Russian Revolution in Modern European History

Introduction

Russian revolution refers to a sequence of monetary and political turmoil that prevailed in Russia in February 1917 that swathe downfall of Tsar’s rule and the coming up of the Soviet Union that took over the ruling powers of the country. The movement was meant to bring a democratic environment for all the citizens since many of them never approved most of the previous government business. At this time, many people relocated from rural areas to towns and cities; this created a rising middle class that was more informed in terms of business and education-wise; hence they kept track of each and every government business.

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The revolution was initiated by the Bolsheviks party in their efforts to take over the government; they started by removing Tsar Nicholas II from power and deporting the family to Siberia followed by assassinating all the associates of the Romanov family, this move was meant to end the unfair, undemocratic rule and ensure they never get in power again. The revolution was a protest against the low living standards that the Russian majorities were living under, and they needed to change the situation for once and for all. The dreadful employee working environment and congestion resulted in the societal uprising.

However, there was no particular reason or goal as to the initiation of the Russian revolution; it only started as employee took their strike to the Petrograd streets protesting against the prevalent food shortages in the country at the time. Later, the military and the police force joined the strike, and this made many shops and industrial units be closed down due to the continued un-lawlessness in most towns and cities in Russia. In March, the same year, the then-president Nicholas II resigned from power and replaced immediately the leader of the socialist party named Duma. By October the same year, anxiety rose concerning the future of the nation, and this led to the second uprising in the country initiated by Vladimir Lenin and the Bolshevik party, causing the downfall of the ruling government. Due to this, a civil war broke out mainly to remove the communist government from power.

Analysis

According to Sheila Fitzpatrick, the peasant farmers and the employees initiated the revolution to remove the conditional government from power in order to establish a more fair and democratic government that would put the interest of the public in the front. This government was led by the Soviets, and it was believed to be the best democratic representative government ever. The main purpose of the revolution was to establish a more productive and responsible as at the time, many suffered from malnutrition, and many essential products were never in the market.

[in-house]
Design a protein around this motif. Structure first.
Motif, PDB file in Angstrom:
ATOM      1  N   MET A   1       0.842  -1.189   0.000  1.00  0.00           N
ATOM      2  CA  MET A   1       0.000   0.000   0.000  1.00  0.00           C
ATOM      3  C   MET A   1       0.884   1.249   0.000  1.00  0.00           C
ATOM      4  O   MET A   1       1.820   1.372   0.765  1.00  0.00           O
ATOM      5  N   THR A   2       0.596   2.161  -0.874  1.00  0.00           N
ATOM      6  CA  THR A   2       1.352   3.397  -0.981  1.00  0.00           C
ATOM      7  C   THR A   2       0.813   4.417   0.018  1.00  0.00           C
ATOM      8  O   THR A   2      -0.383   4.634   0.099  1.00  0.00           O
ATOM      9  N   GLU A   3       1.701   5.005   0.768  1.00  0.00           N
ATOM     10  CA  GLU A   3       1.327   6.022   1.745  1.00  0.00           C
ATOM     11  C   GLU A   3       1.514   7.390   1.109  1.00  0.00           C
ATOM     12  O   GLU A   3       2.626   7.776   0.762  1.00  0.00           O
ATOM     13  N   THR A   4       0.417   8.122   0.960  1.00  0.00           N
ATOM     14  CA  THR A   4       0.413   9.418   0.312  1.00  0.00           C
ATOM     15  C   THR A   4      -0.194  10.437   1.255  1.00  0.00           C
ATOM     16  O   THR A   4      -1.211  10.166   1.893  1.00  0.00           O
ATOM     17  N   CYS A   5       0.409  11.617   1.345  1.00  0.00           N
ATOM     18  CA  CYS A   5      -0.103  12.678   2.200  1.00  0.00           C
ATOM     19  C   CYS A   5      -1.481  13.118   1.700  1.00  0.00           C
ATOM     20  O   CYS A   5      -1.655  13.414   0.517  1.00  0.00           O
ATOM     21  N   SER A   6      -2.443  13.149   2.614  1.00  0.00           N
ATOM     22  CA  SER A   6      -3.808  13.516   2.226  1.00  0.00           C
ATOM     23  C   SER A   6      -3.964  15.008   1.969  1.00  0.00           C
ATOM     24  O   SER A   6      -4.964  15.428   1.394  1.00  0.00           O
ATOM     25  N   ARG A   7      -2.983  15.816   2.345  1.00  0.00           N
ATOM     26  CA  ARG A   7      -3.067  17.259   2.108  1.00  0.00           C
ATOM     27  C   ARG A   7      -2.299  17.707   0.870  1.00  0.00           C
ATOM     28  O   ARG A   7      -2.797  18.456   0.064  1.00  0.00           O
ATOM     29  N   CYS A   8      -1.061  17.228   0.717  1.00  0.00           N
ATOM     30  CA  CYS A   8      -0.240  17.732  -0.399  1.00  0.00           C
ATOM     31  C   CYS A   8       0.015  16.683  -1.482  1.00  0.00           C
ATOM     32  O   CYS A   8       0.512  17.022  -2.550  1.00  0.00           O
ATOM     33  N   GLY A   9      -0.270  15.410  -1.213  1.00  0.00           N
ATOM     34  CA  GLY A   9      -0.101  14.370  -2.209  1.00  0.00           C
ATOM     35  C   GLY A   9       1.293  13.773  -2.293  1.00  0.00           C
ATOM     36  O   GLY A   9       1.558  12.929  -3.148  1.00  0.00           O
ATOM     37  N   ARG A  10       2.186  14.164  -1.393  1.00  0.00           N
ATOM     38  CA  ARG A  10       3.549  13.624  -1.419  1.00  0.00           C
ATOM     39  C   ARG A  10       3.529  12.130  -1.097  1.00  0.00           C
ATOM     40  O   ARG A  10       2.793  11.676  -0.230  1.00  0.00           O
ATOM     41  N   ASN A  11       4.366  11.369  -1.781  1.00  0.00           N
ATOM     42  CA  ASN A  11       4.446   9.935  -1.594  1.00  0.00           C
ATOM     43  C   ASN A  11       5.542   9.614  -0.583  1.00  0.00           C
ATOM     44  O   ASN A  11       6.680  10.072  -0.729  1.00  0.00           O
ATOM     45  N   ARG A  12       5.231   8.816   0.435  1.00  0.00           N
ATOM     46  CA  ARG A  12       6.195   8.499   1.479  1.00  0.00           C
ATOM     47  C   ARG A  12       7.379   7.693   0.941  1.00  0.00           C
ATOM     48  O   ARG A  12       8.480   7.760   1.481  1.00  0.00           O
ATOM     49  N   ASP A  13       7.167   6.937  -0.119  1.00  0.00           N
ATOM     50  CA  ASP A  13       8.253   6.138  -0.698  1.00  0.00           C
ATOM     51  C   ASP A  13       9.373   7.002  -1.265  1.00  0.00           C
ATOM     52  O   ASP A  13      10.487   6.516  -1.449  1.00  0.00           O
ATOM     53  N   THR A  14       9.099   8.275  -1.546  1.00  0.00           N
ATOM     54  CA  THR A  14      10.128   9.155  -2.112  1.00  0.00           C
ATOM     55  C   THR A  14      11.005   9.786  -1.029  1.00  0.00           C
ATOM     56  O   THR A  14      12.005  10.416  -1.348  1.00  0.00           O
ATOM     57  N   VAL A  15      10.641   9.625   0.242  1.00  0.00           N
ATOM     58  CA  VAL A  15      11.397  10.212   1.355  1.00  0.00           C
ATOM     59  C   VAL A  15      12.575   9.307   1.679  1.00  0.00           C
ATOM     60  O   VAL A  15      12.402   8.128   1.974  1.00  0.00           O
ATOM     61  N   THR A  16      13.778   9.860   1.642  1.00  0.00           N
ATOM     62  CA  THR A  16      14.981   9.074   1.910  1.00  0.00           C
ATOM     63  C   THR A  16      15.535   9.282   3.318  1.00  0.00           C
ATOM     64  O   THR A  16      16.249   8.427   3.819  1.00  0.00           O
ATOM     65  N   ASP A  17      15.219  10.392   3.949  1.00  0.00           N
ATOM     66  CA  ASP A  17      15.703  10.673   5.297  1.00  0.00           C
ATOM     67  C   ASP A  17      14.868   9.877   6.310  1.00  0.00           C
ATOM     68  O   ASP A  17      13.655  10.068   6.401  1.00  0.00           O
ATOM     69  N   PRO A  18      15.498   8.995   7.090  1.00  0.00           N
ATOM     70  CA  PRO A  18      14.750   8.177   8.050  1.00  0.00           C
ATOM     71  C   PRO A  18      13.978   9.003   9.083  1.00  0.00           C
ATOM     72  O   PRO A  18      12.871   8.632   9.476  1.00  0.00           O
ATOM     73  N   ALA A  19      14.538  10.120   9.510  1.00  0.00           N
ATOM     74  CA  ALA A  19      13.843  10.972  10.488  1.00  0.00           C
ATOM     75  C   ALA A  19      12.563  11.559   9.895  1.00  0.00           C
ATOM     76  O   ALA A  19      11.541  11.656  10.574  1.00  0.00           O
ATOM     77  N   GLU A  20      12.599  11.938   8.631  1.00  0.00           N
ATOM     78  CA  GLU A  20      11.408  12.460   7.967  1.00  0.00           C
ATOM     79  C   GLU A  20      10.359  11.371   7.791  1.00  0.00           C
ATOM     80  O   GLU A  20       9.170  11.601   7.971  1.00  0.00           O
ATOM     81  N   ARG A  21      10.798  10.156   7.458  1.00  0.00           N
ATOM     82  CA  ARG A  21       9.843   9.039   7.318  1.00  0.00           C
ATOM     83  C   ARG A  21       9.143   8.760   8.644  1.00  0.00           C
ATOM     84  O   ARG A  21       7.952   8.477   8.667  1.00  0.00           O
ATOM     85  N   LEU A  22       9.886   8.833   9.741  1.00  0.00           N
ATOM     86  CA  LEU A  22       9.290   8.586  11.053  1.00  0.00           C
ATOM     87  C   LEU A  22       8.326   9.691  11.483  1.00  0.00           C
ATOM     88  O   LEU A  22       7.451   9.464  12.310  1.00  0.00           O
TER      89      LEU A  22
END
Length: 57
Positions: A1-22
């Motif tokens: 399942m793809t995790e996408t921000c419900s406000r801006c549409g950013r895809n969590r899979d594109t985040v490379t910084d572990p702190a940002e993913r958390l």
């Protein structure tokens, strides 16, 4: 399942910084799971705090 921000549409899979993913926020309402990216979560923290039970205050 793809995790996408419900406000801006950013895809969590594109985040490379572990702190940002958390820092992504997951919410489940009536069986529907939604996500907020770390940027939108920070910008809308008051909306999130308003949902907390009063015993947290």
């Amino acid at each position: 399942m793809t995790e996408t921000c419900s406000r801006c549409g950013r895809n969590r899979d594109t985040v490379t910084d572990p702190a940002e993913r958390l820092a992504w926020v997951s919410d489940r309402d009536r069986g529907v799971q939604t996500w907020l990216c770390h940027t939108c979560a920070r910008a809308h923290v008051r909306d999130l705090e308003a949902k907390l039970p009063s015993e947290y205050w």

At the same time, the working conditions in their working places were horrible and unfavourable. To workers, the executive leaders were responsible for the lack of their promotion and their poor pay, and there was a great need to uproot them from power. On the other hand, Sheila considered the fact that the revolution could have been initiated by great people or leaders who were never pleased by the government businesses and mobilized workers to protest and demand their rights. However, there was never reliable evidence offered to back up the claim.

Sheila claims that the 1917 revolution was based on ethnicity, where some people felt neglected and left out in terms of wealth and promotions and sharing of power in the ruling government. Therefore, according to Sheila, many people were never happy with the Stalin government as they could not get promotions in their workplaces easily without passing through the backdoors that definitely, in most instances, would cost money to bribe the leaders in government for recommendations to achieve their goals. Yet, many of the bourgeoisie were learned and experienced but still dictated by the government in terms of their career growth and development. At the same time, there were many bureaucratic procedures when one wanted to start a business or industry. These made many disappointed with the government and feel unappreciated hence a total revolution.